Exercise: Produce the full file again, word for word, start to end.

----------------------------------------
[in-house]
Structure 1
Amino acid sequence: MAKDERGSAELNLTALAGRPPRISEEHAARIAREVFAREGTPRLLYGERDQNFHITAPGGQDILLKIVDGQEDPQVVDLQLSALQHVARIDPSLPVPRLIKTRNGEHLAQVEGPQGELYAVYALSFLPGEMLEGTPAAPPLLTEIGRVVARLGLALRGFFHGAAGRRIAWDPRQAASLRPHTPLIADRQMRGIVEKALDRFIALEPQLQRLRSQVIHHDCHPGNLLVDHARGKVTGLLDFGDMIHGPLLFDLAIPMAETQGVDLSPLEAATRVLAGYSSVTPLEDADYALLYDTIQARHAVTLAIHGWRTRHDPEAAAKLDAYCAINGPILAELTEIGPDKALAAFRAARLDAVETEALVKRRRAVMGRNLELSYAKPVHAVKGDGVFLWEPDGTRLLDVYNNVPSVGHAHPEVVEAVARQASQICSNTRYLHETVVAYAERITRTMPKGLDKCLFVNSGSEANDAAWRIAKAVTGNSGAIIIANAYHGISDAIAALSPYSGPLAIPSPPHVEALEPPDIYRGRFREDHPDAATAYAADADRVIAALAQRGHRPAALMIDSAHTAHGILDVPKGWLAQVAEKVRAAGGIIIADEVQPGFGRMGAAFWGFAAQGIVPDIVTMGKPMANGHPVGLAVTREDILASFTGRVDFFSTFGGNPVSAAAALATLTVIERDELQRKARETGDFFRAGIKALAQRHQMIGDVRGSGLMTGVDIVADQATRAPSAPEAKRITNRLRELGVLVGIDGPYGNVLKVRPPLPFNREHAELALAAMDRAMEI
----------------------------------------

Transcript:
[in-house]
Structure 1
Amino acid sequence: MAKDERGSAELNLTALAGRPPRISEEHAARIAREVFAREGTPRLLYGERDQNFHITAPGGQDILLKIVDGQEDPQVVDLQLSALQHVARIDPSLPVPRLIKTRNGEHLAQVEGPQGELYAVYALSFLPGEMLEGTPAAPPLLTEIGRVVARLGLALRGFFHGAAGRRIAWDPRQAASLRPHTPLIADRQMRGIVEKALDRFIALEPQLQRLRSQVIHHDCHPGNLLVDHARGKVTGLLDFGDMIHGPLLFDLAIPMAETQGVDLSPLEAATRVLAGYSSVTPLEDADYALLYDTIQARHAVTLAIHGWRTRHDPEAAAKLDAYCAINGPILAELTEIGPDKALAAFRAARLDAVETEALVKRRRAVMGRNLELSYAKPVHAVKGDGVFLWEPDGTRLLDVYNNVPSVGHAHPEVVEAVARQASQICSNTRYLHETVVAYAERITRTMPKGLDKCLFVNSGSEANDAAWRIAKAVTGNSGAIIIANAYHGISDAIAALSPYSGPLAIPSPPHVEALEPPDIYRGRFREDHPDAATAYAADADRVIAALAQRGHRPAALMIDSAHTAHGILDVPKGWLAQVAEKVRAAGGIIIADEVQPGFGRMGAAFWGFAAQGIVPDIVTMGKPMANGHPVGLAVTREDILASFTGRVDFFSTFGGNPVSAAAALATLTVIERDELQRKARETGDFFRAGIKALAQRHQMIGDVRGSGLMTGVDIVADQATRAPSAPEAKRITNRLRELGVLVGIDGPYGNVLKVRPPLPFNREHAELALAAMDRAMEI